About Azure Remote Rendering


Azure Remote Rendering is currently in public preview. This preview version is provided without a service level agreement, and it's not recommended for production workloads. Certain features might not be supported or might have constrained capabilities. For more information, see Supplemental Terms of Use for Microsoft Azure Previews.

Azure Remote Rendering (ARR) is a service that enables you to render high-quality, interactive 3D content in the cloud and stream it in real time to devices, such as the HoloLens 2.

Diagram that shows an example of rendered high-quality, interactive 3D automobile engine.

Untethered devices have limited computational power for rendering complex models. For many applications it would be unacceptable, though, to reduce the visual fidelity in any way. The following screenshot compares the model at full detail with a model that has been decimated using a common content creation tool:

Sample model

The reduced model consists of approximately 200,000 triangles (including the detailed inner parts), versus more than 18 million triangles in the original model.

Remote Rendering solves this problem by moving the rendering workload to high-end GPUs in the cloud. A cloud-hosted graphics engine renders the image, encodes it as a video stream, and streams that to the target device.

Hybrid rendering

In most applications, it is not sufficient to only render a complex model. You also need custom UI to provide functionality to the user. Azure Remote Rendering does not force you to use a dedicated UI framework, instead it supports Hybrid Rendering. This means you can render elements on device, using your preferred method, such as MRTK.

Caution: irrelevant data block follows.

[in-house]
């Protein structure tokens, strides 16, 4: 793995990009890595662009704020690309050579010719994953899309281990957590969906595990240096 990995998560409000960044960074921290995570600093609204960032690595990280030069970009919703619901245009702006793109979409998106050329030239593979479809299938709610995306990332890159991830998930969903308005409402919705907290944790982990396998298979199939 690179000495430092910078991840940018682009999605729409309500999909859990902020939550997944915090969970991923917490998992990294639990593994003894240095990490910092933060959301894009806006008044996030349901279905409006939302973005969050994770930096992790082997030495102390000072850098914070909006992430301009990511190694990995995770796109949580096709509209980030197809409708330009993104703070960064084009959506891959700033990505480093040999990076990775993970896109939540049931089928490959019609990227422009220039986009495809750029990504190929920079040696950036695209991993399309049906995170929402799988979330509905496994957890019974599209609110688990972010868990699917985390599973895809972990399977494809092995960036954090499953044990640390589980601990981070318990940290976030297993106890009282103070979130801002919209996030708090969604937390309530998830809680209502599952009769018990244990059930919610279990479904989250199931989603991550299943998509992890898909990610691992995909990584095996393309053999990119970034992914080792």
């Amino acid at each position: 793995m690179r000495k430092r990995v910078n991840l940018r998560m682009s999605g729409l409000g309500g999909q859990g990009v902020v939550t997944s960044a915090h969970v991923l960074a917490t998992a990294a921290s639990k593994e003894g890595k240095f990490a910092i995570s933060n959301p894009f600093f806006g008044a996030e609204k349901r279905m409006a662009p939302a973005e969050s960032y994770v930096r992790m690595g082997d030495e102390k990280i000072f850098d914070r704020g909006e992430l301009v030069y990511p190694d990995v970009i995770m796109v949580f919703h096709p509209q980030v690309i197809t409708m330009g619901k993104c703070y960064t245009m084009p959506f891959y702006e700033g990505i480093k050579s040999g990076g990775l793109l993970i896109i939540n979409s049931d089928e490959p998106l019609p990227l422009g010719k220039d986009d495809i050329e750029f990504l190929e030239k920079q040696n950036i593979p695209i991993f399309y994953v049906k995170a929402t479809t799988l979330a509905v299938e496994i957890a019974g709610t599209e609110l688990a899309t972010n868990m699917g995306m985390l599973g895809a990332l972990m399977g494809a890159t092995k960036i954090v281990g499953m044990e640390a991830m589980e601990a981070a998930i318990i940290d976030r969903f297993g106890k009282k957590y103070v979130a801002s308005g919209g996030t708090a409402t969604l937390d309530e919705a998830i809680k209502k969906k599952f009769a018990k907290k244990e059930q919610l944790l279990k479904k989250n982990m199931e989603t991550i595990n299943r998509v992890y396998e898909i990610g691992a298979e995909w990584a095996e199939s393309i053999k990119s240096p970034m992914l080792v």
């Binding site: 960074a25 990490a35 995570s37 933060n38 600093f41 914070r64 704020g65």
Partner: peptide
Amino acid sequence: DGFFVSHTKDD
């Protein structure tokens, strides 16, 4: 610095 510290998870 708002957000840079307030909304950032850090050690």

At the end of a frame, Azure Remote Rendering then automatically combines your locally rendered content with the remote image. It is even able to do so with correct occlusion.

Multi-GPU rendering

Some models are too complex to render at interactive frame rates, even for a high-end GPU. Especially in industrial visualization this is a common problem. To push the limits further, Azure Remote Rendering can distribute the workload to multiple GPUs. The results are merged into a single image, making the process entirely transparent to the user.

High-level architecture

This diagram illustrates the remote rendering architecture:


A full cycle for image generation involves the following steps:

  1. Client-side: Frame setup
    1. Your code: User input is processed, scene graph gets updated
    2. ARR code: Scene graph updates and predicted head pose get sent to the server
  2. Server-side: Remote rendering
    1. Rendering engine distributes rendering across available GPUs
    2. Output from multiple GPUs gets composed into single image
    3. Image is encoded as video stream, sent back to client
  3. Client-side: Finalization
    1. Your code: Optional local content (UI, markers, ...) is rendered
    2. ARR code: On 'present', locally rendered content gets automatically merged with video stream

Network latency is the main problem. The turn-around time between sending a request and receiving the result is typically too long for interactive frame rates. Therefore more than one frame may be in flight at any time.

Next steps